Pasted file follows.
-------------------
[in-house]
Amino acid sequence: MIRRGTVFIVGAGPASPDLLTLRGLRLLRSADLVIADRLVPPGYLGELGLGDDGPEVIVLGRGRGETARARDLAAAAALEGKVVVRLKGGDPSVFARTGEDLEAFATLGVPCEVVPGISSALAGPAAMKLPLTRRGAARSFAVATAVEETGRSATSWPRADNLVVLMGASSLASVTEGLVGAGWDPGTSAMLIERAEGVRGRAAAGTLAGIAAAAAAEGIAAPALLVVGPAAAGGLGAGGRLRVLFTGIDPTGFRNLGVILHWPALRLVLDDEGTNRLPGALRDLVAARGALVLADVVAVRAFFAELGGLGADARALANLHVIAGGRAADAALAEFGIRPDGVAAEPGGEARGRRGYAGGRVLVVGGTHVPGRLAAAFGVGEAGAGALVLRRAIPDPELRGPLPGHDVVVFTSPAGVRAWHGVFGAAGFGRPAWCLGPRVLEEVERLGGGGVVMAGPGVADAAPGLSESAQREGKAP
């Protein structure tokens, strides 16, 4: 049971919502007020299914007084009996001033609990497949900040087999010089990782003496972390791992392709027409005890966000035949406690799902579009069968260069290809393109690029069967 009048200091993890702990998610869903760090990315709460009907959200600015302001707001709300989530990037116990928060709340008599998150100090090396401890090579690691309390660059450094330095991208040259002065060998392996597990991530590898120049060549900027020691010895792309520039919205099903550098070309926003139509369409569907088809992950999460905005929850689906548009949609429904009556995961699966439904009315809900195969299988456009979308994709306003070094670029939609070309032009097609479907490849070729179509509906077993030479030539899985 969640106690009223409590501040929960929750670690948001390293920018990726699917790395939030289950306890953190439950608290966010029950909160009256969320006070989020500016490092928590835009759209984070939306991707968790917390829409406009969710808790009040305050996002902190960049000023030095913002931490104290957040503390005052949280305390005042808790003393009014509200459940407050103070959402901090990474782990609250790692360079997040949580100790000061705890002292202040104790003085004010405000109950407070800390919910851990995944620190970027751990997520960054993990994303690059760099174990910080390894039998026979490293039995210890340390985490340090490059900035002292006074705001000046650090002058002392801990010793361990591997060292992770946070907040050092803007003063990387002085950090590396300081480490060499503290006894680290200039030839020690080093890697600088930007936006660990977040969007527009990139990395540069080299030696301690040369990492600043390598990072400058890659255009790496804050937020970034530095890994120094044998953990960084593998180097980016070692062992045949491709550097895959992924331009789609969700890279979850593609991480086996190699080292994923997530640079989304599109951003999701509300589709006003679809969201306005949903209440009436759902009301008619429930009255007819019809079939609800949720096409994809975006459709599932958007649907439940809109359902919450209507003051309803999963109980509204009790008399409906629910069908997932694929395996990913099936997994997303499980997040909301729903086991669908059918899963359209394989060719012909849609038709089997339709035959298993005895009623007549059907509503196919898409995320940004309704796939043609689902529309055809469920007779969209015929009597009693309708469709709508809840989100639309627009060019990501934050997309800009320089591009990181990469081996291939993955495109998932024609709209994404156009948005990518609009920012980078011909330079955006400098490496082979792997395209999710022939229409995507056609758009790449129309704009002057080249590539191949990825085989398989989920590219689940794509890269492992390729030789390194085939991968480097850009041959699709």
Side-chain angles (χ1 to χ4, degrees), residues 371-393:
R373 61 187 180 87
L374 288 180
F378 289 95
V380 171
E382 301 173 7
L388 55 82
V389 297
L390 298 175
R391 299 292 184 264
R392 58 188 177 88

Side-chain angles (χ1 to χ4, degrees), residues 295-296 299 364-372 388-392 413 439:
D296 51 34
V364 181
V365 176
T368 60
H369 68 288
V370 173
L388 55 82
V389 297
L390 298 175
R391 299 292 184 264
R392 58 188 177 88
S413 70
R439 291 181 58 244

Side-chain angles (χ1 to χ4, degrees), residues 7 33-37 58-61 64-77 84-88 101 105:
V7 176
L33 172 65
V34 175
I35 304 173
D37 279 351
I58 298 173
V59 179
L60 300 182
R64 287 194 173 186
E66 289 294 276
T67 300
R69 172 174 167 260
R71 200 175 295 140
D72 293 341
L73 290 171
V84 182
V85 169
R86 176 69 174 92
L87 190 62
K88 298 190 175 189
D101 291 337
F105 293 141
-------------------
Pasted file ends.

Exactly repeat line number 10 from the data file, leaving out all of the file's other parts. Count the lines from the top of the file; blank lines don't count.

L388 55 82